This is me being uncomfortable. This is me stepping out of my comfort zone. This is me talking about meditation. And now for your listening pleasure.
In the mid 1980s, there was a makeshift skate park on the tennis court off Church Street in Phenix, Virginia, where long haired, zit-faced teenage boys would do kick flips and ollies on their skateboards and smoke cigarettes under their perfectly constructed wooden quarter pipe while listening to The Ramones and Motörhead. These kids formed a rough and tumble street gang known as The Aces. See end note.
Last night as I was reading my daughter a bedtime story, I heard an adult voice cry out in haste from the street just outside our home. Minutes later, sirens pierced into the night, closer and closer. There was an ambulance and police cars, a fire truck. First responders were descending a staircase that leads to a small lake at the bottom of the hill.
Every seat has a body in it. There are so many faces here in the soup kitchen. Black, white, young, old. A large Japanese man who requests more meat and bread. A young couple enters pushing a baby stroller, a small child in tow. And old man, an amputee, without his left leg, folded up into a square and safety pinned. A large woman with wall eyes. An eighteen year old with short dreads.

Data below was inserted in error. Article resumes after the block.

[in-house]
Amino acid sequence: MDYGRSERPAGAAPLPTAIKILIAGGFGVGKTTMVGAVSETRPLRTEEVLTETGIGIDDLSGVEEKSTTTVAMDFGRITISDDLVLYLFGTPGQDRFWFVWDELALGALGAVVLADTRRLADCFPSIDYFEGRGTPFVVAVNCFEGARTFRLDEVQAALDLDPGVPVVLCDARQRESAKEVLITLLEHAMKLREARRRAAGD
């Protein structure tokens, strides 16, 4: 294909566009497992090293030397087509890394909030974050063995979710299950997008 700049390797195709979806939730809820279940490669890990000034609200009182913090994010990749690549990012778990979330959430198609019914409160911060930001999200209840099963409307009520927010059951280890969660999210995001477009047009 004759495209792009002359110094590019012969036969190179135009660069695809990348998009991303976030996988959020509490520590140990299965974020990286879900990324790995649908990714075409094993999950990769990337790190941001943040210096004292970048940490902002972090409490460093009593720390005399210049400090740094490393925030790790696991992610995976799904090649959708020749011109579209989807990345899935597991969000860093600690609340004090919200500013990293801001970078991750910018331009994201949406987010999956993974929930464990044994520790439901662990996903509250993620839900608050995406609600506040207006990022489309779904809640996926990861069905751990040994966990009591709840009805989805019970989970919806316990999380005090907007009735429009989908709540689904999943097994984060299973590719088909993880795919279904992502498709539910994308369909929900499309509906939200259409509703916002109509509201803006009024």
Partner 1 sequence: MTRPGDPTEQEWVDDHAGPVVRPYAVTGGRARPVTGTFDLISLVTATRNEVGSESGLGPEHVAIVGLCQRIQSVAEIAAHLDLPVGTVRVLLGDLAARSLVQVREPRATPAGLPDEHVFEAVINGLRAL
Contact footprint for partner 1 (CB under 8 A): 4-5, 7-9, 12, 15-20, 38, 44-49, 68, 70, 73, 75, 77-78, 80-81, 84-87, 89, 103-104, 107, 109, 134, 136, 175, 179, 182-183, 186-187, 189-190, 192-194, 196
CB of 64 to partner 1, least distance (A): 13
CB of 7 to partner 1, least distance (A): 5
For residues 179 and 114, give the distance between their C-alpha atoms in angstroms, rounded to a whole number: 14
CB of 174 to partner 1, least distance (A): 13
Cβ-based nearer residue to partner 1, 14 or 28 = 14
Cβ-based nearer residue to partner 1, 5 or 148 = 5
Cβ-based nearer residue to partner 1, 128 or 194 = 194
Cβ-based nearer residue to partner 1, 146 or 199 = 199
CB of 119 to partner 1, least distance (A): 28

I feel like I need to make this a series of some sort… some ongoing diary cataloguing the usually hilarious, sometimes insightful things my three year old son says. Well, here goes.
Or, I punched writer’s block in the face and this is what you can expect to read on my blog now
The late David Foster Wallace had a way of making you see the minute details of life as if you were wearing the eyes of an entirely different human being. In “This is Water: Some Thoughts, Delivered on a Significant Occasion, about Living a Compassionate Life,” Wallace delves into empathy, adjustment, and consciousness as it relates to the mundane ordinariness of everyday life—and how these tiny moments guide who we are and/or will become.
I made some updates to my short story “The Lady Next Door” which is available for purchase as an ebook on Amazon. The cost is 99 cents. “The Lady Next Door,” for those who haven’t yet read it, was written in 2003, and is about a child’s love for his elderly neighbor.
Recently I sat down with Richard Cox, author of The God Particle, Rift, and Thomas World. His latest novel The Boys of Summer was just released September 6, 2016, from Night Shade. My review of Richard’s latest work as well as my interview with him has been published on The Weeklings literary website
The year was 1997. I sat in the backseat of a tiny Toyota Corolla with my perfumed, slightly purpled hair Granny Hamlett as my neighbor. She was seated directly behind my dad at the wheel whose eyes searched for fellow road warriors and interstate truckers to shake his head at.
A large stainless steel cooking pot with its lid removed sat with us at the table like a mute friend, as did a paring knife. Before us a bucket full of raw green beans.